The European Aid Fund for the Most Disadvantaged (Europäischen Hilfsfonds für die am stärksten benachteiligten Personen; EHAP) is an EU, federal and municipal funded project jointly implemented between the Duisburger Werkkiste, the Community Integration Centre (Kommunales Integrationszentrum; KIZ) Duisburg and the Non-Profit Association for Employment Promotion (Gemeinnützige Gesellschaft für Beschäftigungsförderung; GfB) supporting the social integration of newly immigrated EU citizens, including providing advice in Romanian for those facing homelessness. The Community Integration Management’s (Kommunales Integrationsmanagement; KIM) Regional Support Centre (Regionale-Support-Center) provides expert legal advice to migrants in order to assist their local integration. This is only a few of the many diverse programmes, organisations and partners that are geared towards facilitating better lives for both the newly arrived migrants and long-established residents of Marxloh.

Campus Marxloh (Stadt Duisburg, 2022)

While practitioners openly acknowledge the neighbourhood’s challenges, they also emphasise that such positive efforts and outcomes are rarely if ever communicated externally. Marxloh is more often than not depicted as only a place of “Müll und Migration” (garbage and migration), especially by external politicians, media or other actors who use these representations for their own purposes and rarely take the time to learn or talk about the good that exists in the area. The incessant reproduction of such negative stereotypes further perpetuates the stigma and struggle that people in Marxloh face. It also overlooks Marxloh’s long history of successful social integration, the current progress of residents and practitioners alike, as well as the potential that such an active and diverse community possesses.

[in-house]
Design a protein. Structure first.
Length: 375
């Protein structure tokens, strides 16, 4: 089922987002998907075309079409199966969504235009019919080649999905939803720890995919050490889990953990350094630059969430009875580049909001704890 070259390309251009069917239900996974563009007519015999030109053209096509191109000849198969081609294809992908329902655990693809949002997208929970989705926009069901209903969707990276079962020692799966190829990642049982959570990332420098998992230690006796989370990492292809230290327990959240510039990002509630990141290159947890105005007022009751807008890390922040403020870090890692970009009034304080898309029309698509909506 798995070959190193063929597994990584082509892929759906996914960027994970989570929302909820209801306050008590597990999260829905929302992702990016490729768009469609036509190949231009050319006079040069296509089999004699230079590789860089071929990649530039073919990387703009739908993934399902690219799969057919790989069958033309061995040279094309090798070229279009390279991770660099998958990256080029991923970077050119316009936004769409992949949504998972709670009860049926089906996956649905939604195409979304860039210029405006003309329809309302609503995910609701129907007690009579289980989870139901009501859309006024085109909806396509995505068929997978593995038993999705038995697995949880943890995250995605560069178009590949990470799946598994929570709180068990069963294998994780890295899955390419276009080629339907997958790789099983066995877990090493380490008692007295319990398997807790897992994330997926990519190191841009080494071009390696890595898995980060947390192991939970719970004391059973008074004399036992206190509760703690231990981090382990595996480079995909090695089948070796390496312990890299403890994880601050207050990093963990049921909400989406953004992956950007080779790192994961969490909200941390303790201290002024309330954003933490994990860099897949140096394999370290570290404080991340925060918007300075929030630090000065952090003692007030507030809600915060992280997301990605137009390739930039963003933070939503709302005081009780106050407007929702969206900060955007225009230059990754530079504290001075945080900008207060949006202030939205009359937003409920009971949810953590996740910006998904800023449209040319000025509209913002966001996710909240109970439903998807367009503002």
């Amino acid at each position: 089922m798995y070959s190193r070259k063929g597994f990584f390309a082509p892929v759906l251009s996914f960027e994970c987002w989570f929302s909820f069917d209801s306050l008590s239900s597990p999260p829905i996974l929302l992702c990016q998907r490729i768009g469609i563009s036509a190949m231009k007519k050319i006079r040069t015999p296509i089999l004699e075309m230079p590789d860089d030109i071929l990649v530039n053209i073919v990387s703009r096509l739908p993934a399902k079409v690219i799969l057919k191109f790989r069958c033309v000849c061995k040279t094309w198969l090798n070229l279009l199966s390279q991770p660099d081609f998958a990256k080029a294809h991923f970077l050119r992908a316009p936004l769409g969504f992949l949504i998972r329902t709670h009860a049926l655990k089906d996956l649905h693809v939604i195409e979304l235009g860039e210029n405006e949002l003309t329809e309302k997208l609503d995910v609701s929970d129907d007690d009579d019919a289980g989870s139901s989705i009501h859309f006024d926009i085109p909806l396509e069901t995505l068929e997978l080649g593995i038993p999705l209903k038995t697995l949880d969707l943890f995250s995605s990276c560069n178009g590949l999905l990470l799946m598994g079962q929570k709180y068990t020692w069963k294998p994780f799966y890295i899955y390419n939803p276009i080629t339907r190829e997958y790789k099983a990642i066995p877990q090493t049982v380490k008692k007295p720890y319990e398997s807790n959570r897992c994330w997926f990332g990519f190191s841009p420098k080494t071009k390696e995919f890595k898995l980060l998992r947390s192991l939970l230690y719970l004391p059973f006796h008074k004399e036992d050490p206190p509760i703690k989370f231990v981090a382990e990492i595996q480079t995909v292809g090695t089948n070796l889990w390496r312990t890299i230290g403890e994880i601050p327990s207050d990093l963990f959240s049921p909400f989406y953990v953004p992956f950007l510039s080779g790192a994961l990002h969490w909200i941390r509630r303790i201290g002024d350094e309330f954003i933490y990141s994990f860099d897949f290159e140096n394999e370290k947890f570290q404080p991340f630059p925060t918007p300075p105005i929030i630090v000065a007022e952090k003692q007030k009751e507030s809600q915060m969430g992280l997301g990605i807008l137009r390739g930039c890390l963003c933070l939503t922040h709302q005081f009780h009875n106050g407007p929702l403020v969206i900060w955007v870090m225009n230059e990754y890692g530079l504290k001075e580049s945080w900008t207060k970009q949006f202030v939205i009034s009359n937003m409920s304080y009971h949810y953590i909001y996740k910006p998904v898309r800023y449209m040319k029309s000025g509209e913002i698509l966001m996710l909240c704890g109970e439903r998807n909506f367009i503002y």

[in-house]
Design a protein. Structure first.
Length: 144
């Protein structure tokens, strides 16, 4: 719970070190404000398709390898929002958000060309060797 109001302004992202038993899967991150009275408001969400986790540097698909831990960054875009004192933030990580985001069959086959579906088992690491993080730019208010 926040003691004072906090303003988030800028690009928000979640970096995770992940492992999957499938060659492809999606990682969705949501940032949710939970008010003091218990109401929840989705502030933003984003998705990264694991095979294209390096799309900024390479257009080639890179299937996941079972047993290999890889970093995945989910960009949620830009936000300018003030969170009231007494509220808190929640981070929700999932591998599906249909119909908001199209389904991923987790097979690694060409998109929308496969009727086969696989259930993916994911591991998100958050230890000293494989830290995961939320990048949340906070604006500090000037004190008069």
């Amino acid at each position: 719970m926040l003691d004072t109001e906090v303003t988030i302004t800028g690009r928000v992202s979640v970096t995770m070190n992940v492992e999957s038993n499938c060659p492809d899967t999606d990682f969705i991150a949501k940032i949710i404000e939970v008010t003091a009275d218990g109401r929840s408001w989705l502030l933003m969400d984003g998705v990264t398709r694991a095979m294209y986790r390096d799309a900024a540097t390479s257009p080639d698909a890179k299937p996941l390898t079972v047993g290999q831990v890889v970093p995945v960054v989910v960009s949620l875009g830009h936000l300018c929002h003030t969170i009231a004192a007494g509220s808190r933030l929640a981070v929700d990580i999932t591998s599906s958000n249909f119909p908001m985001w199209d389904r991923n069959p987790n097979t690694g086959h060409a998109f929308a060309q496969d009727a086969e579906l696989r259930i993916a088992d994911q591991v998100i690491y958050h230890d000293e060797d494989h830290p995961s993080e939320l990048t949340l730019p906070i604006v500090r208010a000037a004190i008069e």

Looking forward

Much of the knowledge and facts that we gleaned during this seminar came from external researchers, public sector organisations and the experiences of professional experts working in Marxloh. This is clearly far from the ideal of community-based participatory research – to directly enter into dialogue as partners with those people who are otherwise the objects of research. While still operating as outsider researchers, speaking with practitioners and personally visiting Marxloh gave students the opportunity to step out from behind a computer and gain a more direct view of the challenges vulnerable people face and what is being done to meet them.

The ideal participatory research involves community participation if not control in all phases of the research, something that is rarely realisable and potentially damaging to already vulnerable or overworked people. To date this has not been possible, and the uncertainties and challenges brought by the Covid-19 pandemic have made the participation of citizens in the initial brainstorming and formulation of research questions and design not only logistically difficult but also ethically questionable. It is however still hoped that as this community-research partnership continues to evolve, a wider group of people in Marxloh will be able to actively participate in the development and implementation of a community-based research project.

It is however unlikely that such a ready-made or homogenous “community” group of people with the interest, time and capacity to engage in research exists. Such a group takes time to form, based on a shared issue or experience that requires collective reflection, understanding and eventually action towards achieving social change.

If you are someone who is interested in forming such a group in Marxloh, or if you have any other questions about the project, please reach out to jessica.palka@uni-due.de for more information or read “What`s up in Duisburg? Part 1” here.


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[1] Opinions of the practioners.

Photos were taken during an exploring walk through Marxloh.

Lesen Sie die deutsche Version hier.

Autorinnen: Jess Palka & Sarah Y. Kanatli